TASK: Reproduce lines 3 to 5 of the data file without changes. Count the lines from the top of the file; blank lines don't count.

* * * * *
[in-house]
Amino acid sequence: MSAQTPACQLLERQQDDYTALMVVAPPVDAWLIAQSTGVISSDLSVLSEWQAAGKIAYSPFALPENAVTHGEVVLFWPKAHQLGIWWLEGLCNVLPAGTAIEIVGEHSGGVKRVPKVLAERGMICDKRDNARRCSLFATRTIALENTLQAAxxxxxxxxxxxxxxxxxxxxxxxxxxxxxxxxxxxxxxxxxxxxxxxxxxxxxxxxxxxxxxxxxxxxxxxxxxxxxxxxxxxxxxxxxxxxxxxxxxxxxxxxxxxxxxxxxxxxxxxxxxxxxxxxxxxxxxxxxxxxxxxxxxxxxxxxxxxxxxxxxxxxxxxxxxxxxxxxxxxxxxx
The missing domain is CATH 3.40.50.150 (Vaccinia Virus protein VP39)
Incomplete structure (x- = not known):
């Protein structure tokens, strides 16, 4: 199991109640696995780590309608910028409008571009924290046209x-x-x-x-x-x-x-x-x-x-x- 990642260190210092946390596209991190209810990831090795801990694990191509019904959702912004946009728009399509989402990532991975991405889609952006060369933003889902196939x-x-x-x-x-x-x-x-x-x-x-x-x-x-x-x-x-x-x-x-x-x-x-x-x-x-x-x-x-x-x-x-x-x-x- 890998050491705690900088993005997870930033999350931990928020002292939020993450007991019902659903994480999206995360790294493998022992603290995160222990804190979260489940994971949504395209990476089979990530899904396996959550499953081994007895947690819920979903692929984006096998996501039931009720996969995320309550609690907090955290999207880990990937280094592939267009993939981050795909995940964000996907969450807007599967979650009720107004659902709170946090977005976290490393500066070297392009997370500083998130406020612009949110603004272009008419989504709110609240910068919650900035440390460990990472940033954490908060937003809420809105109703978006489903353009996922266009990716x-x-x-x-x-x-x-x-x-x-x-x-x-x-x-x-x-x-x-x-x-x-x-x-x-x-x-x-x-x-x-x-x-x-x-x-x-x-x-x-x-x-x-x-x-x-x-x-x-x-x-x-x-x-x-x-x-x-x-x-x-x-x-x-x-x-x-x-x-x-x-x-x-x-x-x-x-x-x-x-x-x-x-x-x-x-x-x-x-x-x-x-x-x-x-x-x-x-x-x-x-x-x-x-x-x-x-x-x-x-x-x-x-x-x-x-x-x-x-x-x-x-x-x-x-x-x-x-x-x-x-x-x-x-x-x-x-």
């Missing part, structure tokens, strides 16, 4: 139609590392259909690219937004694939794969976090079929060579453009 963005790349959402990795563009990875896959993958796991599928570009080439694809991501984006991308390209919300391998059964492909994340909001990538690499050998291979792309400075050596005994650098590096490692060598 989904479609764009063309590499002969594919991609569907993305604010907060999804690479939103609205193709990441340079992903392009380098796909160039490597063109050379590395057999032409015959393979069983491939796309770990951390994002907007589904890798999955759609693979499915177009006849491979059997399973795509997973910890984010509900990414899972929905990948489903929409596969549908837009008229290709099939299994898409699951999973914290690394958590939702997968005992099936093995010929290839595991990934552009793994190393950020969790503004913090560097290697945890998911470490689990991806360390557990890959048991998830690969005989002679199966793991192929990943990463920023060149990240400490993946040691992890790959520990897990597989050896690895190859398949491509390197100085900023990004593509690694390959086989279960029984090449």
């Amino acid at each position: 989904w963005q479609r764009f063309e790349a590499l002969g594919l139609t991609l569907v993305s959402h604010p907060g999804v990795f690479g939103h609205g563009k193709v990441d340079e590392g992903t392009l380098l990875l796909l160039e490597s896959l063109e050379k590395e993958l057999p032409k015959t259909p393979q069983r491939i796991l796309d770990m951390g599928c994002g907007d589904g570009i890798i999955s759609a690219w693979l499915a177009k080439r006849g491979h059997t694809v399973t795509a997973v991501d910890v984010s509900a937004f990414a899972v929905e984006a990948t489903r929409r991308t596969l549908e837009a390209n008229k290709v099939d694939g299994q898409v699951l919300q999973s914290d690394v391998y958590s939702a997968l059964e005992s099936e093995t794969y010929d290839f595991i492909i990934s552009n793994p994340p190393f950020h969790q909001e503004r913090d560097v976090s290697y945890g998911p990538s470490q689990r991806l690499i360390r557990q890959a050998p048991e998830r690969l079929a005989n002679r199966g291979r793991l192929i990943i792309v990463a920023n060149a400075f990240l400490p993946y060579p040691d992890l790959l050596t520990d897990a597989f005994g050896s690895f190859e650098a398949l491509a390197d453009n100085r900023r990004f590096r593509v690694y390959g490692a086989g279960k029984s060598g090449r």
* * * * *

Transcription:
The missing domain is CATH 3.40.50.150 (Vaccinia Virus protein VP39)
Incomplete structure (x- = not known):
């Protein structure tokens, strides 16, 4: 199991109640696995780590309608910028409008571009924290046209x-x-x-x-x-x-x-x-x-x-x- 990642260190210092946390596209991190209810990831090795801990694990191509019904959702912004946009728009399509989402990532991975991405889609952006060369933003889902196939x-x-x-x-x-x-x-x-x-x-x-x-x-x-x-x-x-x-x-x-x-x-x-x-x-x-x-x-x-x-x-x-x-x-x- 890998050491705690900088993005997870930033999350931990928020002292939020993450007991019902659903994480999206995360790294493998022992603290995160222990804190979260489940994971949504395209990476089979990530899904396996959550499953081994007895947690819920979903692929984006096998996501039931009720996969995320309550609690907090955290999207880990990937280094592939267009993939981050795909995940964000996907969450807007599967979650009720107004659902709170946090977005976290490393500066070297392009997370500083998130406020612009949110603004272009008419989504709110609240910068919650900035440390460990990472940033954490908060937003809420809105109703978006489903353009996922266009990716x-x-x-x-x-x-x-x-x-x-x-x-x-x-x-x-x-x-x-x-x-x-x-x-x-x-x-x-x-x-x-x-x-x-x-x-x-x-x-x-x-x-x-x-x-x-x-x-x-x-x-x-x-x-x-x-x-x-x-x-x-x-x-x-x-x-x-x-x-x-x-x-x-x-x-x-x-x-x-x-x-x-x-x-x-x-x-x-x-x-x-x-x-x-x-x-x-x-x-x-x-x-x-x-x-x-x-x-x-x-x-x-x-x-x-x-x-x-x-x-x-x-x-x-x-x-x-x-x-x-x-x-x-x-x-x-x-």